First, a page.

Why are Newcastle's new owners controversial? 'Sportswashing' and Saudi Arabia
Newcastle United play their first game under new ownership on Sunday as a new era begins for the club, which fans are expecting to be an awful lot more successful than the last one.
The Saudia Arabian Public Investment Fund (PIF) now owns 80 per cent of the club, with David and Simon Reuben (RB Sports and Media) owning 10 per cent and Amanda Staveley (PCP Capital Partners) taking the final 10 per cent.
Yasir Al-Rumayyan, Governor of PIF, is the new non-executive chairman and he said of the deal: ‘We are extremely proud to become the new owners of Newcastle United, one of the most famous clubs in English football.
‘We thank the Newcastle fans for their tremendously loyal support over the years and we are excited to work together with them.’
The PIF is a sovereign wealth fund thought to be worth $430bn (£315bn), making their purchase of Newcastle for £300m small change for them.
A sovereign wealth fund is a way to use the huge profits Saudi Arabia makes from fossil fuel sales, spending the money on projects around the world to spread the risk of investments, but also to try and improve the reputation of the country, which is where ‘sportswashing’ comes in.
The PIF’s chairman is Mohammed bin Salman, the crown price of Saudi Arabia, described by the BBC as the ‘de facto ruler’ of the country.
Among a number of controversies, US intelligence concluded that Bin Salman approved the murder of journalist Jamal Khashoggi in 2018.
The murder of Khashoggi attracted a lot of attention on Saudi Arabia’s abuses of human rights, with Amnesty International listing 10 ways in which the country violates human rights.
These were listed in 2020 as: Torture is used as a punishment, Executions are on the increase, No free speech, No protests, Women are widely discriminated against, Torture in police custody is common, You can be detained and arrested with no good reason, Religious discrimination is rife, Migrant workers have been deported en masse, Human rights organisations banned.
Sportswashing has been used in an attempt to improve the reputation of the country, looking to paint a better picture of Saudi Arabia than that which human rights organisations would.
Amanda Staveley on sportswashing by the PIF
Asked by The Times if the purchase of Newcastle United is sportswashing, Staveley said: ‘Absolutely not. If that was the intention we would have bought a major franchise in the US; not a football club currently sitting in the relegation zone in the Premier League. This is about business investment and doing something special with a fantastic football club with the best fans in the world.’
The Guardian reported in March this year that Saudi Arabia had already spent ‘at least $1.5bn’ on sportswashing, with huge amounts spent on hosting boxing, golf, F1, professional wrestling and more.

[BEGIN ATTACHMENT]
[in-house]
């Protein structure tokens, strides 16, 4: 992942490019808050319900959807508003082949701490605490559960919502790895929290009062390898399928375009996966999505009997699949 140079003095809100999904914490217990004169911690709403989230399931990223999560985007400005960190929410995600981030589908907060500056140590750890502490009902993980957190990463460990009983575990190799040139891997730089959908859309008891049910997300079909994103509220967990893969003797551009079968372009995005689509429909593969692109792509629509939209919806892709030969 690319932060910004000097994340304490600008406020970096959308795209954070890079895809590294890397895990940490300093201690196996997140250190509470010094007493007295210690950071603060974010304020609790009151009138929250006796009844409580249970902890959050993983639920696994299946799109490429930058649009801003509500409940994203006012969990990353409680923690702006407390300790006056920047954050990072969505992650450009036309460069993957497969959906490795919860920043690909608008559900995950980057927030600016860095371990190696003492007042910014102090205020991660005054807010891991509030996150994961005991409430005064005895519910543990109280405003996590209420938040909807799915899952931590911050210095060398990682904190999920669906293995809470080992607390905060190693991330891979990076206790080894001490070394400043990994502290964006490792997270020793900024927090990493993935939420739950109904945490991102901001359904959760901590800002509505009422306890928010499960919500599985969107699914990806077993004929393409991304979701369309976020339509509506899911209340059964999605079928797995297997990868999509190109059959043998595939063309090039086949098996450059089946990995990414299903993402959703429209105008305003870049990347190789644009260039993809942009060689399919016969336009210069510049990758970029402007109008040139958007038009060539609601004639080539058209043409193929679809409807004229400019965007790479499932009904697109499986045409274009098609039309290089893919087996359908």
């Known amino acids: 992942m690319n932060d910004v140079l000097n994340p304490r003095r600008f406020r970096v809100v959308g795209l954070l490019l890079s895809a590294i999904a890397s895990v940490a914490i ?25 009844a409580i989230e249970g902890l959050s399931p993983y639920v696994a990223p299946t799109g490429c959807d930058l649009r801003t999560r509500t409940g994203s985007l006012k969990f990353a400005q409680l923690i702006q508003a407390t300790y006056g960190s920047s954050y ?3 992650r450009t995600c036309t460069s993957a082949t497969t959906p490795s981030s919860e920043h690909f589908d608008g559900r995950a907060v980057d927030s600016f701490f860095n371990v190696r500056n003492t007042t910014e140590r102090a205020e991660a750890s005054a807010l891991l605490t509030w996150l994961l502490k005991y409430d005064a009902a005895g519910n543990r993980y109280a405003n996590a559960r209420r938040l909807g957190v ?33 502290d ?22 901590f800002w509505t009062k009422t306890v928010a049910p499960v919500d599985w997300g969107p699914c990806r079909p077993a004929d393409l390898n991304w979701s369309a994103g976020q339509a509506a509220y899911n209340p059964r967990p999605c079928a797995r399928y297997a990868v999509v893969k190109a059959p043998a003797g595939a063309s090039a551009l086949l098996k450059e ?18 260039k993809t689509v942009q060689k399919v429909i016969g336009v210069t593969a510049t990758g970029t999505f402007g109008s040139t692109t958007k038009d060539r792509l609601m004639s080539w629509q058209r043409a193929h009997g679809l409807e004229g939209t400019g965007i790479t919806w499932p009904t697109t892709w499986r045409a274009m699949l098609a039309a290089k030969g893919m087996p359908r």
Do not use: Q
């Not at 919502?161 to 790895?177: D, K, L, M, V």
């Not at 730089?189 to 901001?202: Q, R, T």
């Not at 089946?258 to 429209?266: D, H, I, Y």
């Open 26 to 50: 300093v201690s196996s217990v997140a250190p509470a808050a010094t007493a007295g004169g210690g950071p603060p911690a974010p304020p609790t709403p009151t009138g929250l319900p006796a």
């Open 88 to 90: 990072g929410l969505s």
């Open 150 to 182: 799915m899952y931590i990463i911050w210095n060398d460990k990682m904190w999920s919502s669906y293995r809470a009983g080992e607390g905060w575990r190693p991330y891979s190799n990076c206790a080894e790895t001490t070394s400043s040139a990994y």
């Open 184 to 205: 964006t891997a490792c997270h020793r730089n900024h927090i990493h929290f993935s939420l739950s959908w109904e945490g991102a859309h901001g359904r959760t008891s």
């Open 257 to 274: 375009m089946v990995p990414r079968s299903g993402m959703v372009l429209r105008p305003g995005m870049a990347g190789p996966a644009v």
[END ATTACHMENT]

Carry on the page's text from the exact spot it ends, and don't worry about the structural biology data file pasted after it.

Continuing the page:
Lucy Rae of Grant Liberty – the human rights organisation that conducted a report into sportswashing – said: ‘Saudi Arabia is trying to use the good reputation of the world’s best loved sports stars to obscure a human rights record of brutality, torture and murder.
‘The world’s leading sports stars might not have asked to be part of a cynical marketing plan to distract the world from the brutality – but that’s what is happening.’
The Athletic have also reported on the dire situation for LGBT+ people in Saudi Arabia, stating: ‘This is Saudi Arabia, where the adherence to strict interpretations of Sharia law renders it illegal to be LGBT+ and punishable by arrest, lashings, imprisonment, or even death.’
An anonymous Saudi lesbian woman told The Athletic she was sent to a mental institute: ‘I was interrogated about my sexuality, my religion, and a lot of nonsense irrelevant to my mental wellbeing.
‘They asked whether I was only pretending to like women because I might have had sex with a man outside of marriage, which is an offence. They were saying that I used lesbianism to try and hide it.
‘They treated me like I was ill because I did not conform to their vision.’
On an international scale, Saudi Arabia has also launched catastrophic airstrikes on Yemen, heavily involved in a war there that has killed over 100,000 people.
The attention will be on the pitch on Sunday as Newcastle host Tottenham at St James’ Park and Amnesty International have moved to remind everyone watching of what is going on in the Kingdom run by the new ownership on Tyneside.
Sacha Deshmukh, Amnesty International UK’s CEO said: ‘Whatever the result on Sunday, we wish Newcastle fans and their team well, but we remain deeply concerned about how our football clubs are being used for sportswashing.
‘Football clubs being purchased for the purpose of trying to distract from serious human rights violations isn’t confined to Newcastle, and sportswashing isn’t confined to football – but the Saudi takeover has obviously brought the issue of human rights and football governance into sharp relief.
‘Despite assurances about a supposed separation from the Saudi state, ownership of St James’ Park is now very much about image management for Crown Prince Mohammed bin Salman and his government.’
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